The attack temporarily halved Saudi Arabia's oil production and knocked out 5% of the world's oil supply. Global crude prices spiked.
The assault prompted U.S. Secretary of State Mike Pompeo to accuse Iran of an "act of war." In the aftermath, Tehran was hit with additional U.S. sanctions. The United States also launched cyber attacks against Iran, U.S. officials told Reuters.
The plan by Iranian military leaders to strike Saudi oil installations developed over several months, according to the official close to Iran's decision making.
"Details were discussed thoroughly in at least five meetings and the final go ahead was given" by early September, the official said.
All of those meetings took place at a secure location inside the southern Tehran compound, three of the officials told Reuters. They said Khamenei, the supreme leader, attended one of the gatherings at his residence, which is also inside that complex.
Other attendees at some of those meetings included Khamenei's top military advisor, Yahya Rahim-Safavi, and a deputy of Qasem Soleimani, who heads the Revolutionary Guards' foreign military and clandestine operations, the three officials said. Rahim-Safavi could not be reached for comment.
Among the possible targets initially discussed were a seaport in Saudi Arabia, an airport and U.S. military bases, the official close to Iran's decision making said. The person would not provide additional details.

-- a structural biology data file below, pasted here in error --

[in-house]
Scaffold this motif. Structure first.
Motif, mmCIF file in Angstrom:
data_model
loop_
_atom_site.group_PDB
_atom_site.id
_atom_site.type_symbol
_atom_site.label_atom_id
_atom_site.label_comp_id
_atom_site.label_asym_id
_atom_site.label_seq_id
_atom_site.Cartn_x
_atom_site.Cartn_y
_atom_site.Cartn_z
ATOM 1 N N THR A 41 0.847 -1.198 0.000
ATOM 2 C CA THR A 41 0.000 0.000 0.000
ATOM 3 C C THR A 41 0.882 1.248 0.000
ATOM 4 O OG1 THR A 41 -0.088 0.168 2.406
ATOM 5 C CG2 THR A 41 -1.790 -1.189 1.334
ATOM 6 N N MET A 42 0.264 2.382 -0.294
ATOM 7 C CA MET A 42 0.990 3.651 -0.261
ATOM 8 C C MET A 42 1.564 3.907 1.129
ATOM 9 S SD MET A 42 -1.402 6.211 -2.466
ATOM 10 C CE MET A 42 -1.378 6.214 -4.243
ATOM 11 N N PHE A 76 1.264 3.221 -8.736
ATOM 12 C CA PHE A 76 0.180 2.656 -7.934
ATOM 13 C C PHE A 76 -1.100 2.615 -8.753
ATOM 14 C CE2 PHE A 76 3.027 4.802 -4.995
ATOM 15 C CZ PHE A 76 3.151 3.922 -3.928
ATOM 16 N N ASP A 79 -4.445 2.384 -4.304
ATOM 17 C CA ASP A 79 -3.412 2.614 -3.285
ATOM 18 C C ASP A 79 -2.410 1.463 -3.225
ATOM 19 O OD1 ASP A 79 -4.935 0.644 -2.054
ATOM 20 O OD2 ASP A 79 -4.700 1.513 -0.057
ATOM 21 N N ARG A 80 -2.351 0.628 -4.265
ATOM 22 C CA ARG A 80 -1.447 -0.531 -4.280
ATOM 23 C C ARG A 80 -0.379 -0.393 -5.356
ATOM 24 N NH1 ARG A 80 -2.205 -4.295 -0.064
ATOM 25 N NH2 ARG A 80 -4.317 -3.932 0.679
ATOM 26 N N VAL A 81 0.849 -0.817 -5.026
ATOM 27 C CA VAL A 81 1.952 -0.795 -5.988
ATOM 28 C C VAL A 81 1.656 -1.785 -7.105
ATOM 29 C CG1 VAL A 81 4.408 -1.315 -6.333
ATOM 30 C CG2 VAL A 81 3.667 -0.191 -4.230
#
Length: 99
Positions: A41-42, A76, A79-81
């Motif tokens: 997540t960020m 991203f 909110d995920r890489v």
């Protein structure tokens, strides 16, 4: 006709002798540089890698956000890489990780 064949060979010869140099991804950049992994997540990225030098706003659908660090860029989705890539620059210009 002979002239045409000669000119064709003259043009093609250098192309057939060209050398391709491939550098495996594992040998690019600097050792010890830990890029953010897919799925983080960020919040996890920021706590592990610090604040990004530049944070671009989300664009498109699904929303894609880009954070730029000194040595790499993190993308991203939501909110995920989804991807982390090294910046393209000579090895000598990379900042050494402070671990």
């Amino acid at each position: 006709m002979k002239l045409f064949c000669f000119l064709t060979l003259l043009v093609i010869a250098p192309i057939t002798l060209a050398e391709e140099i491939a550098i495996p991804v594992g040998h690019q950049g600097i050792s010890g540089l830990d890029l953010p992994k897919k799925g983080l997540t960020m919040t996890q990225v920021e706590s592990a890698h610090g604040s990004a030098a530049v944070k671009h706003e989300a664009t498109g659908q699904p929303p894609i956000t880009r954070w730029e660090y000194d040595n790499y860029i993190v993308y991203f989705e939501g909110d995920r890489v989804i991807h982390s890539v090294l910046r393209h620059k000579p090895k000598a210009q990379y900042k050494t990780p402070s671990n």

Those ideas were ultimately dismissed over concerns about mass casualties that could provoke fierce retaliation by the United States and embolden Israel, potentially pushing the region into war, the four people said.
The official close to Iran's decision making said the group settled on the plan to attack Saudi Arabia's oil installations because it could grab big headlines, inflict economic pain on an adversary and still deliver a strong message to Washington.
"Agreement on Aramco was almost reached unanimously," the official said. "The idea was to display Iran's deep access and military capabilities."
The attack was the worst on Middle East oil facilities since Saddam Hussein, the late Iraqi strongman, torched Kuwait's oil fields during the 1991 Gulf crisis.
U.S. Senator Martha McSally, an Air Force combat veteran and Republican lawmaker who was briefed by U.S. and Saudi officials, and who visited Aramco's Abqaiq facility days after the attack, said the perpetrators knew precisely where to strike to create as much damage as possible.
"It showed somebody who had a sophisticated understanding of facility operations like theirs, instead of just hitting things off of satellite photos," she told Reuters. The drones and missiles, she added, "came from Iranian soil, from an Iranian base."
A Middle East source, who was briefed by a country investigating the attack, said the launch site was the Ahvaz air base in southwest Iran. That account matched those of three U.S. officials and two other people who spoke to Reuters: a Western intelligence official and a Western source based in the Middle East.
Rather than fly directly from Iran to Saudi Arabia over the Gulf, the missiles and drones took different, circuitous paths to the oil installations, part of Iran's effort to mask its involvement, the people said.
Some of the craft flew over Iraq and Kuwait before landing in Saudi Arabia, according to the Western intelligence source, who said that trajectory provided Iran with plausible deniability.
"That wouldn't have been the case if missiles and drones had been seen or heard flying into Saudi Arabia over the Gulf from a south flight path" from Iran, the person said.
Revolutionary Guards commanders briefed the supreme leader on the successful operation hours after the attack, according to the official close to the country's decision making.